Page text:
A dental cleaning performed under anesthesia can take anywhere from 4 to 8 hours, beginning with pre-procedure blood work and patient preparation.
The actual dental cleaning itself typically lasts between 30 and 45 minutes. If extractions are necessary, dental cleanings can take as many as 2 hours.
We do not use anesthesia for our cleanings, so cleanings usually take roughly 45 minutes to an hour depending on the level of cleaning needed and the disposition of your pet.
Pets wake up almost immediately after the procedure is completed, as most anesthetics are reversible. Pets could experience fatigue for 12-24hrs after waking up from anesthesia.
Anesthesia is usually safe when proper protocols are followed, and the pet has had the necessary bloodwork done, as long as everything comes back within normal ranges. Although it is rare, death can occur due to complications while being under anesthesia.
Anesthetic dental cleanings can range from $600-$1200.
The best way is to brush your pet’s teeth 4-6 times per week with any toothpaste that is made specifically for dogs and cats. We also recommend products and dental chews that contain parsley, coconut oil, or kelp. These ingredients help reduce bacteria, tartar, and plaque. Do not use human toothpaste, as it could be harmful to your pet. The best way to minimize the amount of plaque buildup is to keep up with your pet’s non-anesthetic dental cleanings 2-3 times a year.
We do not recommend scraping tartar or plaque off your pet’s teeth on your own. It can damage the enamel or lead to other complications including bleeding gums. We recommend a reputable and qualified provider to perform a dental cleaning procedure.
Chewing plays an important role in abrading tartar. Chewing can be more effective when chews are coated with coconut oil. Small amounts of organic, unrefined coconut oil helps prevent tooth decay and bad breath due to the lauric acid found in coconut oil, which happens to kill bacteria.
We use a medium-grit, fruit-flavored prophy polishing paste. We do not recommend this for at-home use. For daily use, we recommend any toothpaste that is made specifically for dogs and cats. We also recommend products that contain parsley, coconut oil, or kelp. These ingredients help to reduce bacteria and plaque. Do not use human toothpaste, as it could be harmful to your pet!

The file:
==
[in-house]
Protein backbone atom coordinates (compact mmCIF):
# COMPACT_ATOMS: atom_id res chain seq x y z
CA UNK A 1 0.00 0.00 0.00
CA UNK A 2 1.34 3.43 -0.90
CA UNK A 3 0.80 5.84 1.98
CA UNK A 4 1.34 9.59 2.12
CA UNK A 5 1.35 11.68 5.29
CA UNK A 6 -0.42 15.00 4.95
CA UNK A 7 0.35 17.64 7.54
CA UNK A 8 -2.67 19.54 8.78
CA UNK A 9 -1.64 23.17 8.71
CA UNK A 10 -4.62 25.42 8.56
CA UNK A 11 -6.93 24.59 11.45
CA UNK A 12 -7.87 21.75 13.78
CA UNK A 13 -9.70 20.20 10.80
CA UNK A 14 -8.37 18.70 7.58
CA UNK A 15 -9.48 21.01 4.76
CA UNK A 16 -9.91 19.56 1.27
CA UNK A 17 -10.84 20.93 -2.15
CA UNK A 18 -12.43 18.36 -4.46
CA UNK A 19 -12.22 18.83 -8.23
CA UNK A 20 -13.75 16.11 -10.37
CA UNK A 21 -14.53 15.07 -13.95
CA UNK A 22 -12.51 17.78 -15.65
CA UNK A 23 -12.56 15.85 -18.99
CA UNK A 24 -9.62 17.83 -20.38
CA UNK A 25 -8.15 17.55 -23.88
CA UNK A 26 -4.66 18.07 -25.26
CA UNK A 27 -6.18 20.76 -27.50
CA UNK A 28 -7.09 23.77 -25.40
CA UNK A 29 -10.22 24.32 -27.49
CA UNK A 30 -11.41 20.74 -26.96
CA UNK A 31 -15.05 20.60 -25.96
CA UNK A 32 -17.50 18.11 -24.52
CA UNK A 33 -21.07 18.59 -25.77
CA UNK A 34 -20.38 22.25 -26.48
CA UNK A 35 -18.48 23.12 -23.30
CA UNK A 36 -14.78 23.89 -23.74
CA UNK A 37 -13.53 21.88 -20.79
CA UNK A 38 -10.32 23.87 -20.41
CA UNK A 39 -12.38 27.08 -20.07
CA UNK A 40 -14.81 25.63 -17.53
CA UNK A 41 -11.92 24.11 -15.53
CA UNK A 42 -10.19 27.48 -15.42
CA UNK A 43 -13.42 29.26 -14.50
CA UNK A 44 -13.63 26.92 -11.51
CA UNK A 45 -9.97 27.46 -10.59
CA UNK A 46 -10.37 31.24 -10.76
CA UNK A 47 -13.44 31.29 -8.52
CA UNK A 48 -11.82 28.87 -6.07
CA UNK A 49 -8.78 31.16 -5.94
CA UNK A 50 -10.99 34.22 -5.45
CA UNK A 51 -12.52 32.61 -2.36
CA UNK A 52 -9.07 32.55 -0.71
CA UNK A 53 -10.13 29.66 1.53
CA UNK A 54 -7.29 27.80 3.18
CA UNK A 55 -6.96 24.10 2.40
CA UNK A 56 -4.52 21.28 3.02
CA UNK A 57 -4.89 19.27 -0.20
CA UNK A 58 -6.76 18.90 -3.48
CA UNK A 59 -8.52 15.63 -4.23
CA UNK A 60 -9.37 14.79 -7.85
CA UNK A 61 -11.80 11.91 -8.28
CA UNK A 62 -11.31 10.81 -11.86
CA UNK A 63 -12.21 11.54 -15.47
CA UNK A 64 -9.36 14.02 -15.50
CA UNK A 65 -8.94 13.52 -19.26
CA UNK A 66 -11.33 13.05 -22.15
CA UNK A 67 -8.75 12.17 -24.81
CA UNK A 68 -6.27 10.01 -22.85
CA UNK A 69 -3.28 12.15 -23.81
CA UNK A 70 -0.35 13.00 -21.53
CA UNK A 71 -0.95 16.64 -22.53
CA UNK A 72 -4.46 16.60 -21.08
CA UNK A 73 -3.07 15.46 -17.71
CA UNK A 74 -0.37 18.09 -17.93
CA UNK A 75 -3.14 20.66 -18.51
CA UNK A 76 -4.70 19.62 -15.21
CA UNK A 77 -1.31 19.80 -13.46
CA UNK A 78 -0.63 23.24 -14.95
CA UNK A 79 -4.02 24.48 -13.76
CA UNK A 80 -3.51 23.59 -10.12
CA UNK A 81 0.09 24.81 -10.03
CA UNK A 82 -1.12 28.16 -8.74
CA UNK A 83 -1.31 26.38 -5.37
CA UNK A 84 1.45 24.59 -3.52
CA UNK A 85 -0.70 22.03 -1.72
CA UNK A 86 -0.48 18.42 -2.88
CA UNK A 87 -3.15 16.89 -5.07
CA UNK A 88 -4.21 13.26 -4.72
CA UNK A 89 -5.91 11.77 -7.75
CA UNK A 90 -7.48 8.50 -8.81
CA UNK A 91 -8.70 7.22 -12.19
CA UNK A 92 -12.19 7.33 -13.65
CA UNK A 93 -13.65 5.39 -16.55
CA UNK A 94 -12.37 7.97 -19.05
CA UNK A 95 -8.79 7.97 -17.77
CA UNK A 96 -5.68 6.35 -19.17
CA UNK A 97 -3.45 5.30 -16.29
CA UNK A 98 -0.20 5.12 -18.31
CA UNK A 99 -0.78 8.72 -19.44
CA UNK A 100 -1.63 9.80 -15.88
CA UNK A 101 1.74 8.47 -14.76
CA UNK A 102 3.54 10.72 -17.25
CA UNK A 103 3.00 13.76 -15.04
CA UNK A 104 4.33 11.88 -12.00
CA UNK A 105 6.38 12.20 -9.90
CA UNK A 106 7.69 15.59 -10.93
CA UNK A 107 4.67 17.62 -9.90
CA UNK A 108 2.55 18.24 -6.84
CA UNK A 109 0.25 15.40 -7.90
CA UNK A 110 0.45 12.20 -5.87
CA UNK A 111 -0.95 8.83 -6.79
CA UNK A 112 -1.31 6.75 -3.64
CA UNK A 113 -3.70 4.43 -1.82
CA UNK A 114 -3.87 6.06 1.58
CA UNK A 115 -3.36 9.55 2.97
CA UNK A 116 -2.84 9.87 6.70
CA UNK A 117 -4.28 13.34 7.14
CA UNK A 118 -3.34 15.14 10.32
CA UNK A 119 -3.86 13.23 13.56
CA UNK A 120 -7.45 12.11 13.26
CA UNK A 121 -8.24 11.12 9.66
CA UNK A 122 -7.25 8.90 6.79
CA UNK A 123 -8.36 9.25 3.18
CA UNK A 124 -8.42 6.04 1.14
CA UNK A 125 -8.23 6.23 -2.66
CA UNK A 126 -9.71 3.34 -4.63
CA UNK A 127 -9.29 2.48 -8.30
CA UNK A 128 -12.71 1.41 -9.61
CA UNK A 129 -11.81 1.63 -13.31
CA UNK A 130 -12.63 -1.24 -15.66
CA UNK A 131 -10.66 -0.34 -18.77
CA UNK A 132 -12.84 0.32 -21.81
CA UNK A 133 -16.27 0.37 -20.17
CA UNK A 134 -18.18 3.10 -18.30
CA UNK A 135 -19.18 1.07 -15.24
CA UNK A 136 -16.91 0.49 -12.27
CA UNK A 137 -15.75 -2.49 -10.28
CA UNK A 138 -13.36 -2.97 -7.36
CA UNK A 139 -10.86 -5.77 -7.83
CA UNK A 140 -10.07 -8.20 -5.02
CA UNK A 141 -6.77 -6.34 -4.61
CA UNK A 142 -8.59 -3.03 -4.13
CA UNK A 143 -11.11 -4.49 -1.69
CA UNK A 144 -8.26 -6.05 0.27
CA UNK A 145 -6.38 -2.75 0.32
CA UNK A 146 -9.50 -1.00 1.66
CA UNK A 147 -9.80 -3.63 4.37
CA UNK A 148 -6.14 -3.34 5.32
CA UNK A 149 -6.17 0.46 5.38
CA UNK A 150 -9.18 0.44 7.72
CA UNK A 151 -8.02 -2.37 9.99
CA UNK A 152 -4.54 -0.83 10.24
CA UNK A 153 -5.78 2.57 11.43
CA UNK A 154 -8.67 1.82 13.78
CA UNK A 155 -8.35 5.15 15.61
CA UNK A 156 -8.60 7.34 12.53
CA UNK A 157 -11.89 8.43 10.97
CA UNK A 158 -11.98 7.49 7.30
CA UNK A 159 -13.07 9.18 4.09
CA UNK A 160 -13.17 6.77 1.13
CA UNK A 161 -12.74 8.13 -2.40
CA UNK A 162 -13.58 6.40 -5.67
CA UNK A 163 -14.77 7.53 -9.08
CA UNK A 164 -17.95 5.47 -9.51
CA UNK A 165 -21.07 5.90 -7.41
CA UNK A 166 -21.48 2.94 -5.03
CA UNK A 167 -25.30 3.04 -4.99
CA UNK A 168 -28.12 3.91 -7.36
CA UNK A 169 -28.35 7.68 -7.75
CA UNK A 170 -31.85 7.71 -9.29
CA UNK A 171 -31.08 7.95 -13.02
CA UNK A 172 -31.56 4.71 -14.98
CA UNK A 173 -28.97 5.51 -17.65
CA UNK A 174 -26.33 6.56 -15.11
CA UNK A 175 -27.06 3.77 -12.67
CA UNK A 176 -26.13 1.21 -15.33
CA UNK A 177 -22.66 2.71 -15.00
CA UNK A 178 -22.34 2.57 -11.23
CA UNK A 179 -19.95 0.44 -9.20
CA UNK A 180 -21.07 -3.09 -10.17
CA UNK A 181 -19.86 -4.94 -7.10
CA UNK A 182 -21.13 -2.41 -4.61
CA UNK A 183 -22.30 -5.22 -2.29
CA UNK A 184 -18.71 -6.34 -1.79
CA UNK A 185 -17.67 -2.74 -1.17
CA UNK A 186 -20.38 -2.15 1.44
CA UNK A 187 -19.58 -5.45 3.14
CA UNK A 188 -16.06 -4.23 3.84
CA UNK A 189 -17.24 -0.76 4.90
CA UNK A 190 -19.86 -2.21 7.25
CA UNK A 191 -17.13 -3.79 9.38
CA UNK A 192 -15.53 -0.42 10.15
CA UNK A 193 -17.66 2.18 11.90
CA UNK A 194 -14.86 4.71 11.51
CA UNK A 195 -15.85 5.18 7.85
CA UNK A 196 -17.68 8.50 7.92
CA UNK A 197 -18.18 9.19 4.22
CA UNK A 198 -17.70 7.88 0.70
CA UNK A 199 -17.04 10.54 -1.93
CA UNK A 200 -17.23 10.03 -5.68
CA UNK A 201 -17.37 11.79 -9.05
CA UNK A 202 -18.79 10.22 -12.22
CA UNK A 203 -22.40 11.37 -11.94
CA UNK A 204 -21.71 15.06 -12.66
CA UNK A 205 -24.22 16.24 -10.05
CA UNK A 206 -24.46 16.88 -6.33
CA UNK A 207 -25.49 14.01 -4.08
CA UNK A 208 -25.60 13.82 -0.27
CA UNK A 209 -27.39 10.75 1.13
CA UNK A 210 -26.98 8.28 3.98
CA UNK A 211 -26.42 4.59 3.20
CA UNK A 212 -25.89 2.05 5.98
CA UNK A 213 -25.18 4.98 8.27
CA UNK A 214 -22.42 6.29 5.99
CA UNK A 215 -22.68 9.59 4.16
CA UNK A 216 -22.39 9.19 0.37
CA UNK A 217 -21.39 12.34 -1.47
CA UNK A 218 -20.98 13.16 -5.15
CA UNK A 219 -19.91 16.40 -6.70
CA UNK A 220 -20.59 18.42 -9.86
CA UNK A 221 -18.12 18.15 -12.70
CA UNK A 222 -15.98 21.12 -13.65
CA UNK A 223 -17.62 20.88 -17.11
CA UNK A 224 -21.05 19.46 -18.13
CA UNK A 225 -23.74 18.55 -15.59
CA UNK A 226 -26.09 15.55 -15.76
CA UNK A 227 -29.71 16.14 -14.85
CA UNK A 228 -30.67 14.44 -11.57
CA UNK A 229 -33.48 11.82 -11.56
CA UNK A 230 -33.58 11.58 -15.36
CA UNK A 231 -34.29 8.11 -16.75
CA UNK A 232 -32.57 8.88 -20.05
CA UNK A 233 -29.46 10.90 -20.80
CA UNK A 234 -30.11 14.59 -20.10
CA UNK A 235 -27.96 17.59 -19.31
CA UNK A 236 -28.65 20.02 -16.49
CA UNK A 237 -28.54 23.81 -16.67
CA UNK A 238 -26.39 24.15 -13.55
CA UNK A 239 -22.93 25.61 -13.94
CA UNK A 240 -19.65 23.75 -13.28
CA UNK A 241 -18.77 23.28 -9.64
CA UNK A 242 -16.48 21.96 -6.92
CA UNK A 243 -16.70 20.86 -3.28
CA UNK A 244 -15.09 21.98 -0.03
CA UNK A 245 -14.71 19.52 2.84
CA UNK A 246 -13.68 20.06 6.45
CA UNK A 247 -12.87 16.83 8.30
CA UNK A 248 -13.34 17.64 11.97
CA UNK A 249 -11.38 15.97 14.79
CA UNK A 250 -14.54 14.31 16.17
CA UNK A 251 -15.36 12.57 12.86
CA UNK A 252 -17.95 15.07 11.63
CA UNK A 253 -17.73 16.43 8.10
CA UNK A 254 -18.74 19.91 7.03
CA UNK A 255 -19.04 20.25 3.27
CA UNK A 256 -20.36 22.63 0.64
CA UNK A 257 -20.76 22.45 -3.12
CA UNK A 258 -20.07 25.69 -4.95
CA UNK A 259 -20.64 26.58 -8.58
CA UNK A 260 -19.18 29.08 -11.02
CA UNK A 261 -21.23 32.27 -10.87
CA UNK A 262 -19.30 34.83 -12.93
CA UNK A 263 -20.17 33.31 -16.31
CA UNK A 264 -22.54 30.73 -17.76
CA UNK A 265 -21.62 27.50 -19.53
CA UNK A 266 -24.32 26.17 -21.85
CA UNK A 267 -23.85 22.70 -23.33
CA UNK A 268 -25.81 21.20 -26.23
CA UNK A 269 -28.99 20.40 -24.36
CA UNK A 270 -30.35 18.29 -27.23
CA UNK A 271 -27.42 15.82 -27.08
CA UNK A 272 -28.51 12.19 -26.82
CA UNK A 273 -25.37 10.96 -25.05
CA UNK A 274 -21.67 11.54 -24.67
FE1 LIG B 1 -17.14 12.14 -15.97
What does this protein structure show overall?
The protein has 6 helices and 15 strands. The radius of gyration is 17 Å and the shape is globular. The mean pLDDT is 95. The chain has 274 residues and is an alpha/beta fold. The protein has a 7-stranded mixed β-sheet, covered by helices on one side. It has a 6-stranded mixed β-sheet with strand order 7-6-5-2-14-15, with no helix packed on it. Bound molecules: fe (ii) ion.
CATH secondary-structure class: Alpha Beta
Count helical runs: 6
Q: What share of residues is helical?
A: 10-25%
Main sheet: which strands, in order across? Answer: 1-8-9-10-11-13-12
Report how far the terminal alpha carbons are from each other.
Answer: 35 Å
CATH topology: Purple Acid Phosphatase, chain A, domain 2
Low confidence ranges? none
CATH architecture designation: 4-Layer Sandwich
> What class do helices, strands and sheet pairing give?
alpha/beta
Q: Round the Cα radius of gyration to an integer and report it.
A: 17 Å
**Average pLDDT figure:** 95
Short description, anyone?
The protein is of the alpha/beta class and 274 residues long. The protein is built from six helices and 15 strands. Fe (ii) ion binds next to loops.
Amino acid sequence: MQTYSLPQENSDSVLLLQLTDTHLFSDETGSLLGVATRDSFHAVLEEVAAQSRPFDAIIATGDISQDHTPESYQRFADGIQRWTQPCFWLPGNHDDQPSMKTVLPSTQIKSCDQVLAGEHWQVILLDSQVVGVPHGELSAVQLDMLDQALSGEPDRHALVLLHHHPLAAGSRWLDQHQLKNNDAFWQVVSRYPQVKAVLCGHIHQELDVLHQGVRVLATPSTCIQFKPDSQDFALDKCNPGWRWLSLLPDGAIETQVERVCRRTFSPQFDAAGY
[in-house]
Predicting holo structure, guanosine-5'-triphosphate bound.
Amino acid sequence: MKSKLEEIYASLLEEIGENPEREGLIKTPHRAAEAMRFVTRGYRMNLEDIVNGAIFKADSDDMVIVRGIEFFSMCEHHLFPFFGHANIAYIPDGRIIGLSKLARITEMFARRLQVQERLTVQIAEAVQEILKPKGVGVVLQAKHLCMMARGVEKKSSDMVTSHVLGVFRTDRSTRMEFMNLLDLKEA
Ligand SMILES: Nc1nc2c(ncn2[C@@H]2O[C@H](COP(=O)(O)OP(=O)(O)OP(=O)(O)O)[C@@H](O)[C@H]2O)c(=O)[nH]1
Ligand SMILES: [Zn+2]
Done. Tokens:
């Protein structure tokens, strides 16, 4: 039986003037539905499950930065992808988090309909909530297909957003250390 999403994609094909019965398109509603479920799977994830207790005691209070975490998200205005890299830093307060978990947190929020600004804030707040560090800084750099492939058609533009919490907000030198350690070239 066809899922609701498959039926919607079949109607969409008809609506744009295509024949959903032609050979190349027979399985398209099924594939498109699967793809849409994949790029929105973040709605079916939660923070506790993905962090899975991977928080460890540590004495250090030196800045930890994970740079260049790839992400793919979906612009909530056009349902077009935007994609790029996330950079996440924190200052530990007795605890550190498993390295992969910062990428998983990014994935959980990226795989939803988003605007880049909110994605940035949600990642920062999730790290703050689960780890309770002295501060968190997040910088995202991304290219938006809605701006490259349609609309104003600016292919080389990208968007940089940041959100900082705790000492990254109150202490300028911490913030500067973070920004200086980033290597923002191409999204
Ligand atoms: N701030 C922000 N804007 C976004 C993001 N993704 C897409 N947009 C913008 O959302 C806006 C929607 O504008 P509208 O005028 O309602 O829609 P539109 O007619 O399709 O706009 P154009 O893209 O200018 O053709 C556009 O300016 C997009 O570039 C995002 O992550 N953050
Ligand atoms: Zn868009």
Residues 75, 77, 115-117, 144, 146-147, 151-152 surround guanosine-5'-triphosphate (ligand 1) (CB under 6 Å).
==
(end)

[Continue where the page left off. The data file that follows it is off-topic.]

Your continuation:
Yes! Dogs’ teeth can be cleaned without anesthesia. We always make an assessment prior to the procedure to ensure that your pet is a good candidate for a non-anesthetic dental cleaning.
During a non-anesthetic dental cleaning – also known as NADS – your pet’s teeth are safely cleaned without the use of any sedatives, anesthesia, or other medications.
Although there are risks associated with any type of pet care service, we’ve done our very best to eliminate almost all of them, thanks to a significant investment in procedure development and training. We’re proud to say we’ve safely performed over 12,000 anesthesia-free pet dentals (and counting)! Some pet parents have reported thirst or fatigue in their cat or dog after a non-anesthetic dental cleaning, and there may be a bit of temporary gum irritation, as well.
No, our pet dentals are drug-free! Instead of using potentially harmful sedating medications, we utilize minimal restraint techniques to keep pets calm and comfortable. We swaddle small dogs and cats in a towel to make them feel safe and secure. Large dogs are cradled in our laps or held in whatever position makes them feel the most at ease. And we reduce anxiety further by ensuring pets get short breaks throughout the procedure.
Sanitation and safety are very important to us! We not only customize the tools we use for each pet’s dental cleaning needs, but we also have a stringent sterilization process. Every dental tool is sterilized in an ultrasonic cleaner after use and stored in an individual sterile pouch until it’s needed for our next procedure.
For routine and preventative dental care, non-anesthetic dental cleanings are just as effective as those using anesthesia. When a pet needs a more invasive procedure, such as a tooth extraction, an anesthetic dental cleaning is recommended.
No, not all dogs need to be sedated for teeth cleaning. Most dogs will be able to have a non-anesthetic dental cleaning procedure. However, an assessment should be done on all pets prior to the non-anesthetic cleaning to ensure they are a good candidate.
For most pets, we recommend a professional cleaning every 6 months, although some cats and dogs might need one more frequently. It all depends on the individual pet’s dental care needs, and what you’re doing at home to address them, including brushing your pet’s teeth daily, administering water additives, or providing dental chews.
As we don’t use any type of medication during our procedures, we highly recommend you discuss this with your veterinarian. If you do choose to administer Benadryl or any other kind of sedative prior to your pet’s dental cleaning, please let us know before we begin by indicating on your consent form which type of medication and when it was administered.